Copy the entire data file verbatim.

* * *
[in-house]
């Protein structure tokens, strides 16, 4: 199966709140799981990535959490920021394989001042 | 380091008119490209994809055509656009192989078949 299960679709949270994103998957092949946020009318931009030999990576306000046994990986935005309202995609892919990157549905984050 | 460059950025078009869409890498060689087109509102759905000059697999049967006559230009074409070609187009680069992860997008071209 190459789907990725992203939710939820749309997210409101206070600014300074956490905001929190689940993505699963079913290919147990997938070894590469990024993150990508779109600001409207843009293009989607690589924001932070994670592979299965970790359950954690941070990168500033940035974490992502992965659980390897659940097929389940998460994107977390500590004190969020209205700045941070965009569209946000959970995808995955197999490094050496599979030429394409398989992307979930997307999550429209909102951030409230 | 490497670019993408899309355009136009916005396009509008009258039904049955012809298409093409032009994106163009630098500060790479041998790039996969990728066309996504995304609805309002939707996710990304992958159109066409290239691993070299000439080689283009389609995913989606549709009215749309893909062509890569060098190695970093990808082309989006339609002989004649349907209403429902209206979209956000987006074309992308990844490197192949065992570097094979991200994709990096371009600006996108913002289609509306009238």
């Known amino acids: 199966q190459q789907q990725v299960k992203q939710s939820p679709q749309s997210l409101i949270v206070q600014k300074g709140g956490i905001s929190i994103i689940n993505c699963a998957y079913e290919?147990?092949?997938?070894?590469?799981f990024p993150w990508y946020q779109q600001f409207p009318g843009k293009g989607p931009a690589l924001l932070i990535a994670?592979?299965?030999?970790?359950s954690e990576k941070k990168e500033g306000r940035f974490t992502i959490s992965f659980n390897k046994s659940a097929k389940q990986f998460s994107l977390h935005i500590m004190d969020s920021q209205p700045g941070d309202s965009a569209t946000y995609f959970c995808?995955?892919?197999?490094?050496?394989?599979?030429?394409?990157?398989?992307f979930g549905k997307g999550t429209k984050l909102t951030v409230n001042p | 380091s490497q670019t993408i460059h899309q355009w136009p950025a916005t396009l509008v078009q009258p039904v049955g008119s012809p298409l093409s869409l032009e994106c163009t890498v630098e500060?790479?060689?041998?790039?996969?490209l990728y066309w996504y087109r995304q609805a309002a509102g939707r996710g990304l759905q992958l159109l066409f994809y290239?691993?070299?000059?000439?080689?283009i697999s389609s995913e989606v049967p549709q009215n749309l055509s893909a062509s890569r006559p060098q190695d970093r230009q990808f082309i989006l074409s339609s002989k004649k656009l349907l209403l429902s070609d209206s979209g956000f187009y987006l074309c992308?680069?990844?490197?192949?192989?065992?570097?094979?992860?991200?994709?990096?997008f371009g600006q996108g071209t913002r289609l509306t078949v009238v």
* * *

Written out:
[in-house]
């Protein structure tokens, strides 16, 4: 199966709140799981990535959490920021394989001042 | 380091008119490209994809055509656009192989078949 299960679709949270994103998957092949946020009318931009030999990576306000046994990986935005309202995609892919990157549905984050 | 460059950025078009869409890498060689087109509102759905000059697999049967006559230009074409070609187009680069992860997008071209 190459789907990725992203939710939820749309997210409101206070600014300074956490905001929190689940993505699963079913290919147990997938070894590469990024993150990508779109600001409207843009293009989607690589924001932070994670592979299965970790359950954690941070990168500033940035974490992502992965659980390897659940097929389940998460994107977390500590004190969020209205700045941070965009569209946000959970995808995955197999490094050496599979030429394409398989992307979930997307999550429209909102951030409230 | 490497670019993408899309355009136009916005396009509008009258039904049955012809298409093409032009994106163009630098500060790479041998790039996969990728066309996504995304609805309002939707996710990304992958159109066409290239691993070299000439080689283009389609995913989606549709009215749309893909062509890569060098190695970093990808082309989006339609002989004649349907209403429902209206979209956000987006074309992308990844490197192949065992570097094979991200994709990096371009600006996108913002289609509306009238």
């Known amino acids: 199966q190459q789907q990725v299960k992203q939710s939820p679709q749309s997210l409101i949270v206070q600014k300074g709140g956490i905001s929190i994103i689940n993505c699963a998957y079913e290919?147990?092949?997938?070894?590469?799981f990024p993150w990508y946020q779109q600001f409207p009318g843009k293009g989607p931009a690589l924001l932070i990535a994670?592979?299965?030999?970790?359950s954690e990576k941070k990168e500033g306000r940035f974490t992502i959490s992965f659980n390897k046994s659940a097929k389940q990986f998460s994107l977390h935005i500590m004190d969020s920021q209205p700045g941070d309202s965009a569209t946000y995609f959970c995808?995955?892919?197999?490094?050496?394989?599979?030429?394409?990157?398989?992307f979930g549905k997307g999550t429209k984050l909102t951030v409230n001042p | 380091s490497q670019t993408i460059h899309q355009w136009p950025a916005t396009l509008v078009q009258p039904v049955g008119s012809p298409l093409s869409l032009e994106c163009t890498v630098e500060?790479?060689?041998?790039?996969?490209l990728y066309w996504y087109r995304q609805a309002a509102g939707r996710g990304l759905q992958l159109l066409f994809y290239?691993?070299?000059?000439?080689?283009i697999s389609s995913e989606v049967p549709q009215n749309l055509s893909a062509s890569r006559p060098q190695d970093r230009q990808f082309i989006l074409s339609s002989k004649k656009l349907l209403l429902s070609d209206s979209g956000f187009y987006l074309c992308?680069?990844?490197?192949?192989?065992?570097?094979?992860?991200?994709?990096?997008f371009g600006q996108g071209t913002r289609l509306t078949v009238v």